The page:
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Fizzled out: why the Flames collapsed against the Avalanche

It wasn't supposed to end this way for the Calgary Flames. Coming in as the top seed in the Western Conference, the Flames were banking on a long playoff run. Instead, it ends after just one win against the eighth-seeded Avalanche.

It will surely go down as the biggest regular-season-to-playoffs implosion since way back when the Tampa Bay Lightning collapsed against the underdog Columbus Blue Jackets back in '19. Something epic like that.

The Calgary Flames' unimaginable disintegration against the impressive Colorado Avalanche in the first round of the playoffs this spring wiped out a regular season for the ages. Few of us predicted the Flames would set the pace in the Western Conference this season. Even fewer predicted they'd have many problems with the Avs in the first round.

Here are five takeaways from Calgary's epic five-game collapse.

• Shut down Johnny Gaudreau and you take the Flames out at the knees. Full credit goes to Colorado coach Jared Bednar and his staff. It's clear they studied video that the Calgary attack is at it's best when Gaudreau gains the offensive zone, buys time and moves the puck around. Johnny Hockey had precious little time and space in the Colorado zone. Sticks and bodies swarmed him as he approached the blueline. If he was able to gain the zone, it wasn't long before he was separated from the puck. And Calgary didn't have much of a Plan B. It sounds basic enough, but the Avalanche executed and Gaudreau never gained offensive confidence all series. In fact, he lost it and grew frustrated as time went on.

• Just when the Flames evolved as a skilled and offensive team, the NHL playoff winning formula changed with the third key ingredient being toughness, both mental and physical. Calgary didn't have much of that. Matthew Tkachuk is more a post-whistle pest. Sam Bennett and Garnet Hathaway work the walls well, but don't have much finish with the puck. This Flames team cannot play a power game. Coach Bill Peters established a plan this season to get all five players on the ice part of the offensive push. But that sometimes opened holes defensively. In the playoffs, those holes became caverns and the defensemen had to dial things back, especially against Colorado's big weapons Nathan MacKinnon and Mikko Rantanen. The Avalanche found a way to give that extra 10 or 20 percent in the playoffs. The Flames couldn't and essentially retreated instead. That mental toughness is still developing.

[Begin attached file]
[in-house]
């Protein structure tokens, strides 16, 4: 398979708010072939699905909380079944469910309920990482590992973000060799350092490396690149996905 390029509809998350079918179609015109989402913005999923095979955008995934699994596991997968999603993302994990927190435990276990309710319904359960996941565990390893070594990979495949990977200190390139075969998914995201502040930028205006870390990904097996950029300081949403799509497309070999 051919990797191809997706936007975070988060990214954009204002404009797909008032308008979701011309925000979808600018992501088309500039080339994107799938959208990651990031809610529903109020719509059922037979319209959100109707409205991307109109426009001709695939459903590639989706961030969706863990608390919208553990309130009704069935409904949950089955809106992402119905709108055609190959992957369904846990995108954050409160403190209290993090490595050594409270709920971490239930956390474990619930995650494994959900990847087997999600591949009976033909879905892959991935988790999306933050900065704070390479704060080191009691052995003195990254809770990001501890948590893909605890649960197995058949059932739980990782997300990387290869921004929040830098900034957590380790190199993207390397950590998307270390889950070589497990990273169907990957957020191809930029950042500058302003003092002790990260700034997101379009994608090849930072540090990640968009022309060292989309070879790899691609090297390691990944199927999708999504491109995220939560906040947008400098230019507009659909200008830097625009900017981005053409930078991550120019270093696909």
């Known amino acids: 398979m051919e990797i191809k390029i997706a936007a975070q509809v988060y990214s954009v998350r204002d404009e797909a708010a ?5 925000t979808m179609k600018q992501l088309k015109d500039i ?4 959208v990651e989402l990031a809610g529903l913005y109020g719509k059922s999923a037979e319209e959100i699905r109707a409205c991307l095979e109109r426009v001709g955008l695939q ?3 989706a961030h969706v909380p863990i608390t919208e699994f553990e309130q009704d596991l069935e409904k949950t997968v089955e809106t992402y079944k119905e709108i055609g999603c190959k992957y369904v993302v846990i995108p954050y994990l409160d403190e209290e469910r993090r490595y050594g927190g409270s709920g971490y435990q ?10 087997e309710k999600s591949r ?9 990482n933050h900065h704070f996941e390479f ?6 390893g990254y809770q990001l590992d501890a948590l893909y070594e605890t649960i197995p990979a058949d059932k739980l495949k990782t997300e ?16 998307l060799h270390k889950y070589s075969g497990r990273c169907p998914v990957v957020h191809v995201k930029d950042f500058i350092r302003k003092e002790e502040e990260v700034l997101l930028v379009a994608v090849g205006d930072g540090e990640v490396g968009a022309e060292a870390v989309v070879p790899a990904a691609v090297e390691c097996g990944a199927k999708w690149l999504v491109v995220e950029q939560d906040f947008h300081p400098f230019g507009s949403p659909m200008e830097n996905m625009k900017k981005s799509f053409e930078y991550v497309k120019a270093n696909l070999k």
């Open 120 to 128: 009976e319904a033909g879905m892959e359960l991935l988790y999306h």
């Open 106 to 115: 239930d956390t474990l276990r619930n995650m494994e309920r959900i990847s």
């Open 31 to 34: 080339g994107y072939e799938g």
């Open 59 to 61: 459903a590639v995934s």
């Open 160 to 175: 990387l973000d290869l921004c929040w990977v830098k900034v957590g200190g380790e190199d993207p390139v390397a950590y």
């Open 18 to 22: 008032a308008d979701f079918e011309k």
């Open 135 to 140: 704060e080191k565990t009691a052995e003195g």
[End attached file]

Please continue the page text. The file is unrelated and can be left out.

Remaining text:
• Gaudreau has been both the best thing and worst thing for Sean Monahan over the years. Seems odd to be critical of a 24-year-old center who has averaged 60 points and almost 30 goals through six NHL seasons, including his best offensive year in 2018-19. But playing with a dynamic puck mover and playmaker like Gaudreau virtually his entire career has seen Monahan evolve into a one-trick pony. He's pure and simple a finisher within 20 feet of the net. The other 180 feet is a struggle for him. Monahan isn't a physical player who can work the corners or win a puck battle. His skating is below average by NHL standards. He's not a puckcarrier who can drive play. He's often brain dead in the defensive zone. He hasn't had to be because Gaudreau sets the table offensively and Monahan has only had to work at being in the right spot around the net and being opportunistic – and he's done that part very, very well. And this evaluation is about more than a few bad games against Colorado. Maybe the best thing for Monahan now is to try to re-grow the other elements his game away from the influence of Gaudreau.

• Mark Giordano took a big hit along the boards in Game 1 and looked like he was playing hurt the rest of the series. His skating labored after that. His offensive pinches were less effective, his shot from the point had less zip and he left gaps defensively. Could be he was so worn down from a regular season that will see him win the Norris Trophy. In the playoffs though, he wasn't even Calgary's best defenseman. Maybe next season will be more about pacing and less about giving 'er every game. But that's a big ask for Giordano, who won't wear this playoff prostration well.

• The James Neal experiment has to be over. Signed to a five-year, free agent contract paying him $5.75 AAV, the 30-year-old sniper was a complete washout in Calgary. He was slow from Day 1, couldn't win a job on the top line and floundered to find his form all season. His healthy scratch during the deciding game Friday said it all. Can he or the team save face and try again in Year 2? Is Neal the type of player who will get himself a skating coach over the summer, trim some weight and commit himself to getting back that 20 percent edge that once made him a valuable top-6 winger? Maybe the best recourse is a bad-contract-for-bad-contract trade. Neal to Buffalo for Kyle Okposo (four years left at $6 million)? That might help both players and both teams.

The Flames will get together again probably Monday for garbage bag day at the Saddledome and exit interviews. What they accomplished during the regular season and how they saw it fall apart during the playoffs will have sunk in a little more by then.

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